Federal dollars from the Older Americans Act provides Rhode Island policy makers with funding to promote community-based services to keep older adults healthy and independent at home. The Rhode Island Division of Elderly Affairs (RIDEA) announced the distribution of 466,000 in Older American Act funding to multiple agencies.
According to RIDEA, the additional federal dollars, which have come to the Ocean State as a result of efforts by Rhode Island’s congressional delegation, will fund multiple projects across the state, including intergenerational programs, respite and caregiver supports and various other services.
“Seniors should be able to live in their own homes and remain active members of their communities for as long as they choose. These investments will help Rhode Island’s seniors live happier, healthier, more independent lives,” said Governor Gina M. Raimondo, recognizing the efforts of the state’s congressional delegation for successfully bringing additional funding to allow the funded organization to provide critical services to Rhode Island’s seniors.
Recognizing the importance of investing in senior services, Governor Raimondo doubled the state general revenue investment in senior center services in the state fiscal year 2019 budget. She also increased state funding for Meals on Wheels by 160% in state fiscal year 2016, and has sustained that funding each year in office. Investments such as these are a priority for Governor Raimondo and her Health and Human Services Cabinet.
Senator Reed Brings Home the Bacon
“These funds will help more seniors live independently and better protect vulnerable older Americans,” said U.S. Senator Jack Reed, a senior member of the Appropriations Committee who helped increase funding for Older Americans Act programs in the Fiscal Year 2018 Omnibus Appropriations law. The State’s Senior Senator recognized RIDEA and Director Fogarty of putting this federal funding to work and bringing needed health and wellness services to seniors across the state.
“Whether it’s home-delivered meals, transportation assistance, or senior center services, RIDEA is committed to ensuring all seniors have the information and support they need to stay healthy, active, and engaged in the community” notes Senator Reed.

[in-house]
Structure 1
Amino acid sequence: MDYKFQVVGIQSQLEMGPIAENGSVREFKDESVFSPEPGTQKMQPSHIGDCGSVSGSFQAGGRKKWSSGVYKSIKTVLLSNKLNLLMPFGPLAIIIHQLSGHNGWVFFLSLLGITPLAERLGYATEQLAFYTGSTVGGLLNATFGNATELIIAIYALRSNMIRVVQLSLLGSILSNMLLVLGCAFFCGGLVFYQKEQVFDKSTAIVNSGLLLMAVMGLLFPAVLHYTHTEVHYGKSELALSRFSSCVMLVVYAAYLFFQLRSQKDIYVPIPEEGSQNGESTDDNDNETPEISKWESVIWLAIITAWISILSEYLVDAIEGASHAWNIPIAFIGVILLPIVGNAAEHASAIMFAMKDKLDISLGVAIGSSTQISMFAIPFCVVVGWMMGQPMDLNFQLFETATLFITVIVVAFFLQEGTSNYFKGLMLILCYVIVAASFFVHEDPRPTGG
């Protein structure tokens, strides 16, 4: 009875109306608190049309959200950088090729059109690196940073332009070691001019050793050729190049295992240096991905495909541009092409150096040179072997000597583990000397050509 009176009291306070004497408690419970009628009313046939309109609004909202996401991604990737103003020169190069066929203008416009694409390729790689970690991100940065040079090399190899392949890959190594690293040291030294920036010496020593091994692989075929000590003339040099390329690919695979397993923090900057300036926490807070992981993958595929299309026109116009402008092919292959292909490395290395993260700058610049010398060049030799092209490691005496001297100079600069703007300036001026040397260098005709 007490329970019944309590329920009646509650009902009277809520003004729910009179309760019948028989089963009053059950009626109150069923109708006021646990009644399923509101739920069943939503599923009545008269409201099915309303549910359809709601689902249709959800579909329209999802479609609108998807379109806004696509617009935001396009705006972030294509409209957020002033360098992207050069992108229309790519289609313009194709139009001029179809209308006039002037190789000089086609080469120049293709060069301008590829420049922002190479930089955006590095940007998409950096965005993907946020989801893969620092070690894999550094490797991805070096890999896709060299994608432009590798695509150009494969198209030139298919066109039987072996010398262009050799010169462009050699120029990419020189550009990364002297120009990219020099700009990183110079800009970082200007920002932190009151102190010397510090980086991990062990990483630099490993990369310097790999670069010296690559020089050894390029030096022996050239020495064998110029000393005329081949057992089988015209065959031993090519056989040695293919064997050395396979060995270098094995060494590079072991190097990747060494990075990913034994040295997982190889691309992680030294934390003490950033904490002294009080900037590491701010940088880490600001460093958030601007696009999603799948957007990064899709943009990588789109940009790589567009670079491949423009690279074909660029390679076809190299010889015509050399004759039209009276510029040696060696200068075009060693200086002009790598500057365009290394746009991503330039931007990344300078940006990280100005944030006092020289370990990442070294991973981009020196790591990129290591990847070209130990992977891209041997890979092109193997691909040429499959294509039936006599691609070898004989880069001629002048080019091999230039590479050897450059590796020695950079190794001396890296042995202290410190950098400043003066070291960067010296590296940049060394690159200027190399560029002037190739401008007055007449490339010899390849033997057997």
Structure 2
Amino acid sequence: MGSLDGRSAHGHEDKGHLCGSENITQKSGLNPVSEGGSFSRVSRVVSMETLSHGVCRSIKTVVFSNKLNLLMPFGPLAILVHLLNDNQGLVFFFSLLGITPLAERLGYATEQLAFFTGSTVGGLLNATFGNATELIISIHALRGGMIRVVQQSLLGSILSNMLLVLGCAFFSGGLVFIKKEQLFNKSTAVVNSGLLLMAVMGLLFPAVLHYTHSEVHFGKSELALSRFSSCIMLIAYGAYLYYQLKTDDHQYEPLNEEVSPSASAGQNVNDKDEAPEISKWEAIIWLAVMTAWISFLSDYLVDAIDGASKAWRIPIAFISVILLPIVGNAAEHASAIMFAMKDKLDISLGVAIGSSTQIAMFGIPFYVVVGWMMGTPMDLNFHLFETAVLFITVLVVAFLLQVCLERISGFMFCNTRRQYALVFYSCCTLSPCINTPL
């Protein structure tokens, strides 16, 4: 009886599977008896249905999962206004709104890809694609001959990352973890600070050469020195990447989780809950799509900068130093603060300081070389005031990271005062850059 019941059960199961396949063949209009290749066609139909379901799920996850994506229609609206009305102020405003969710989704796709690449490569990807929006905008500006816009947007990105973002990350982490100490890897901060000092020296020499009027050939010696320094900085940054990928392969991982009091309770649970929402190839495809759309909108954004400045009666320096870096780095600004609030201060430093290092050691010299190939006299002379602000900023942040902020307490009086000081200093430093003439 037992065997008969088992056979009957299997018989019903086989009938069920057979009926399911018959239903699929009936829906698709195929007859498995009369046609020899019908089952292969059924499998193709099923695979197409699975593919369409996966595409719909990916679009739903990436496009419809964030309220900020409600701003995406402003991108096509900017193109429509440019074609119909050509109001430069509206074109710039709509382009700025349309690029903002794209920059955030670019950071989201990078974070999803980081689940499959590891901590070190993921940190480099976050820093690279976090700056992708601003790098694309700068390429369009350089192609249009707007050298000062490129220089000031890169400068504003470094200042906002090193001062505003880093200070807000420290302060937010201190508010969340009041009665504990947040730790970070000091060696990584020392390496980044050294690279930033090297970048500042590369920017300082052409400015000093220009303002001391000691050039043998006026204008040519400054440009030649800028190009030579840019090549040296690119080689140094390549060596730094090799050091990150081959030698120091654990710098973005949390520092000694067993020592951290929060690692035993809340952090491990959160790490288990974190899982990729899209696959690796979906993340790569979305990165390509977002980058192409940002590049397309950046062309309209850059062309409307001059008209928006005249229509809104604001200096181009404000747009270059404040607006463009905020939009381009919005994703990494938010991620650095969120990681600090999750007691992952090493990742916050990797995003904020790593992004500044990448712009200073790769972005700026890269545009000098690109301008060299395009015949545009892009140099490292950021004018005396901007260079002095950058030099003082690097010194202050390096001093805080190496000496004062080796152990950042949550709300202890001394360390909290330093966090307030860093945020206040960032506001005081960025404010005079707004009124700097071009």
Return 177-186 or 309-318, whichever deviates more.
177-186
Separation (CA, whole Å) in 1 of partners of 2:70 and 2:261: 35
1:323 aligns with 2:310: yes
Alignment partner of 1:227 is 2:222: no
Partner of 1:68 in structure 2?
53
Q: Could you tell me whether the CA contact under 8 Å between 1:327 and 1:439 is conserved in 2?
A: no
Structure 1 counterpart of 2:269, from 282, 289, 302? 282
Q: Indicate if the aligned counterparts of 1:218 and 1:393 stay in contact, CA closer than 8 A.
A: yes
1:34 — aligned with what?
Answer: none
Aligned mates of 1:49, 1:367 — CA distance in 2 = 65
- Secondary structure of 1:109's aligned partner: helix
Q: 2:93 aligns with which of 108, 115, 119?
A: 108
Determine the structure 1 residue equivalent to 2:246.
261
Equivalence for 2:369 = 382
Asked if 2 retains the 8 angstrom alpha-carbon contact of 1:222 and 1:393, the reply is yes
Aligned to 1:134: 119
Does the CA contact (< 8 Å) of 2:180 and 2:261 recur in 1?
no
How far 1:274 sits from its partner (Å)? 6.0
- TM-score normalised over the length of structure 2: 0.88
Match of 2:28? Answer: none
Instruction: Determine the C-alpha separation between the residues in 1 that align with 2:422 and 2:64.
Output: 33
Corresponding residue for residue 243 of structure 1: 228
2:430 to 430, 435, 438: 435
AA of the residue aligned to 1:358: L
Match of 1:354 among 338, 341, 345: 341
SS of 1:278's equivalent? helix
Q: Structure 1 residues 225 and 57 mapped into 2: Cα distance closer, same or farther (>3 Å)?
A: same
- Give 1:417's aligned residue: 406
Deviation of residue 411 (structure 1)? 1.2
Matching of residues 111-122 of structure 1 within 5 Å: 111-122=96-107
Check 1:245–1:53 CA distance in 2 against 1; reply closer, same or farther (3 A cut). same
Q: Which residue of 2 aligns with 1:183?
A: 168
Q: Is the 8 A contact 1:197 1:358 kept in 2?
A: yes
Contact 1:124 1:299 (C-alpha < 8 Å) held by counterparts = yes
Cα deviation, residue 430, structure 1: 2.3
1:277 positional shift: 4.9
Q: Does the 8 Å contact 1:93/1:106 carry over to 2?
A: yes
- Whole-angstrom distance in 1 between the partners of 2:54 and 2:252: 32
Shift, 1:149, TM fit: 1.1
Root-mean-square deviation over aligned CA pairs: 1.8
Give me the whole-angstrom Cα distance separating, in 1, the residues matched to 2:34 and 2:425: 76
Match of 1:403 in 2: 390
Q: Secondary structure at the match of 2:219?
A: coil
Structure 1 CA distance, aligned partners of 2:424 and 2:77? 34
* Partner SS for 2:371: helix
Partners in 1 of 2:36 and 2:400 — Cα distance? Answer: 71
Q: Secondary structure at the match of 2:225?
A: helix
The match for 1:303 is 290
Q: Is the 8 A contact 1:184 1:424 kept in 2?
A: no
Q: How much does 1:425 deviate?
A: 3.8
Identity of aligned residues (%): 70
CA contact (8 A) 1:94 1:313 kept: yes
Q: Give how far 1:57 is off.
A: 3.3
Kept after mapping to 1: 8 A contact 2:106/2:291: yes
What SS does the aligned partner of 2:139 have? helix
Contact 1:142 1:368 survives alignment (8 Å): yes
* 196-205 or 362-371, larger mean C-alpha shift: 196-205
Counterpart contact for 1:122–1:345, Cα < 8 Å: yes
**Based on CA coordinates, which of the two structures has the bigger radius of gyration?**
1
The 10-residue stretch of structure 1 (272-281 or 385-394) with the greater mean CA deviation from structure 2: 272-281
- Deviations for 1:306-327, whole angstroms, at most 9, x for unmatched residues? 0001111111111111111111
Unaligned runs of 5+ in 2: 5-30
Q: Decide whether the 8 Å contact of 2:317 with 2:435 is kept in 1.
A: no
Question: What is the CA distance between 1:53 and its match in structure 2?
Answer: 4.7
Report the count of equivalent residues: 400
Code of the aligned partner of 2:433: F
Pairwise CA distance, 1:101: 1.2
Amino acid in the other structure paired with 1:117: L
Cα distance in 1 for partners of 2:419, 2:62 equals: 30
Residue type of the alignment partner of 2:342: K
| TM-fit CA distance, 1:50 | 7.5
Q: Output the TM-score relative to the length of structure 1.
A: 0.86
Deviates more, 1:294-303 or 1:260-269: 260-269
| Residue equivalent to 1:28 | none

Adds RIDEA Director Charles J. Fogarty, “As the state unit on aging, RIDEA strives to empower older Rhode Islanders; this funding enables us to make strategic investments in areas that are in high-demand: case management, The POINT, Meals on Wheels.” Each day these agencies make a difference in the community, says Fogarty.
“These investments in senior services will promote quality of life, independence, and help our older Rhode Islanders remain connected to their communities and loved ones for as long as possible,” said Secretary Eric J. Beane. “I am pleased we are able to distribute these funds in our community as we help seniors lead long and productive lives.”
Recipients of New AOA Funds
The projects supported by the additional Older Americans Act funds are:
The POINT at United Way of Rhode Island, $57,000: supporting staff positions and administrative coordination of the statewide Aging and Disability Resource Center (ADRC) call center and outreach network; sustain and increase services targeted at caregivers of family members 60 years of age and older.
Senior for Seniors Pilot Program at East Providence Senior Center/East Bay Community Action Program, $20,000: This pilot program will match interested high school students with senior center members, forming a quality, mutually-beneficial and enriching relationship.
Case Management Services, $60,000: Allocated funds will be made available to cover administrative and direct service expenses incurred by DEA’s four case management agencies. A focus will be placed upon technology and system process upgrades.
Ocean State Center for Independent Living, $20,000: Support of over 7,500 annual client contacts and provision of additional support for in-home modifications, assistive equipment and technology for clients in need.
Health Equity Zone Pilot Program, $30,000: DEA will partner with a Health Equity Zone for the purposes of nutrition services and education. The program represents a collaborative partnership between DEA and the RIDOH HEZ and creates a focus on advancing social determinants of health.
Congregate Meal Providers, $51,000: Enhancement of service experience at the dozens of meal sites across the state. Additionally, an increase in support will be made to the congregate meal program for the Narragansett Indian Tribe.
Home Delivered Meals, $89,000: DEA will provide funding to Meals on Wheels of Rhode Island to maximize the number of meals served.
Health Promotion and Disease Prevention, $24,000: DEA will seek a provider to offer evidence-based interventions specific to addressing the behavioral needs of older Rhode Islanders.
CareBreaks Respite Program at Catholic Social Services of Rhode Island, $50,000: maintain increased level of state-wide respite services for family caregivers.
Grandparents Respite Program, $35,000: further investments in state-wide respite services for grandparents supporting and caring for minor children.
Alzheimer’s Association of Rhode Island, $30,000: continued support of the annual Caregivers Journey Conference and continuation of pilot initiative with community first responders.